Finding ways to boost resilience to Alzheimer’s disease
Dr Becky Carlyle
University of Oxford
1 October 2022 - 30 September 2025
Full project name:
Exploiting sub-cellular proteomics and high-throughput validation screens to define the role of proteome complexity in Alzheimer’s Disease
Researchers from the University of Oxford will investigate how and why some people are 'resilient' to developing dementia to find new treatment targets.
Alzheimer’s disease is the most common form of dementia. It is characterised by toxic proteins, amyloid and tau, that form clumps in the brain.
Although everyone with Alzheimer’s disease has these protein clumps in their brain, not everyone who has these clumps experiences the symptoms of dementia. Scientists call this group of people cognitively resilient.
Discovering why these people are resilient and designing treatments to increase resilience in those at risk will improve the lives of people living with dementia.
Proteins underly all the complex processes happening in our brain. The interaction of proteins allows nerve cells to communicate, form memories, and when things go wrong, to die.
Dr Becky Carlyle from the University of Oxford will measure thousands of proteins in the brain and discover where in nerve cells they are active. This will allow Dr Carlyle to see if there are groups of proteins that act together to make a person cognitively resilient.
This study will discover hundreds of proteins that are different in three groups of people:
- People with Alzheimer’s brain changes and memory and thinking problems (non-resilient).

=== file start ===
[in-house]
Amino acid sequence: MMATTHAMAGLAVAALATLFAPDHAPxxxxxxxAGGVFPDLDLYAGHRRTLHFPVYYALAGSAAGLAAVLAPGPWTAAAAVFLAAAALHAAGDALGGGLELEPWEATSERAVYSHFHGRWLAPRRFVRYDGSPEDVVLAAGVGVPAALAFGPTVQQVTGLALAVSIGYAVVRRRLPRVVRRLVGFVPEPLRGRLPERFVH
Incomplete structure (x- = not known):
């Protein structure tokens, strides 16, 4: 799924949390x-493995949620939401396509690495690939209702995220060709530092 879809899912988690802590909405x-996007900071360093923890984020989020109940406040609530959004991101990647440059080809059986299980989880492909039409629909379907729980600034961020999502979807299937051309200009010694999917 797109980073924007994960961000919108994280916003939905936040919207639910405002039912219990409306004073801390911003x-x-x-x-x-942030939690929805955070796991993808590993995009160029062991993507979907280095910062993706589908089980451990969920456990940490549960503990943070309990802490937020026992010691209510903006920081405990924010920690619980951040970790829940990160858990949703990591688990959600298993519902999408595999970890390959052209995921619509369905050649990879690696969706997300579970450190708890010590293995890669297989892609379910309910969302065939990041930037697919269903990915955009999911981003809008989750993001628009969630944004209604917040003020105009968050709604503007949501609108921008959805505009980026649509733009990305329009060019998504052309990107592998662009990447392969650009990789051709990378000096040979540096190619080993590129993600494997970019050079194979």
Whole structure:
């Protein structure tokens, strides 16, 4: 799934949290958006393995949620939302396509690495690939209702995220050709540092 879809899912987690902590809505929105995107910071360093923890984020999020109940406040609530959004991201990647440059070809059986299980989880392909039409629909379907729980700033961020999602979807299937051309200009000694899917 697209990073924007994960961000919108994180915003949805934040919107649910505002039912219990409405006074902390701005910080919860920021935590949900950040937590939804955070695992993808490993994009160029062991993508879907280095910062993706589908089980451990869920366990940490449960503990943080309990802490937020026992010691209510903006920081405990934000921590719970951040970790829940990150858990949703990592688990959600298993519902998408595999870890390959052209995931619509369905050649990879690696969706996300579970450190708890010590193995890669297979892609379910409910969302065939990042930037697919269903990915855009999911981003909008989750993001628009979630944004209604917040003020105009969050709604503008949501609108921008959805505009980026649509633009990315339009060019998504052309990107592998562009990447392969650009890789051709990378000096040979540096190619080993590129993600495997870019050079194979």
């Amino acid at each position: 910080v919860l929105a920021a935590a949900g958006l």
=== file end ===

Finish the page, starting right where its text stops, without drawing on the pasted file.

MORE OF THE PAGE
- People with Alzheimer’s brain changes but with no memory and thinking problems (resilient)
- People with no Alzheimer’s brain changes and no memory and thinking problems (healthy, comparison group)
To follow on from the study, Dr Carlyle will test which proteins are the most important for resilience, in experiments using human nerve cells developed from stem cells.
She will change the levels of resilience proteins in these nerve cells, and see how healthy the nerve cells are, and whether they can still function properly.
The overall aim of the project is to develop an approach that allows large-scale assessments of the protein interactions and their intersection with genetic and environmental risk factors.
This project will identify the proteins that are most important for protecting nerve cells from damage by amyloid and tau. The findings will help reveal potential targets for drugs that could help boost a person’s resilience to Alzheimer’s disease.
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Dementia is one of the world’s greatest challenges. It steals lives and leaves millions heartbroken. But we can change the future.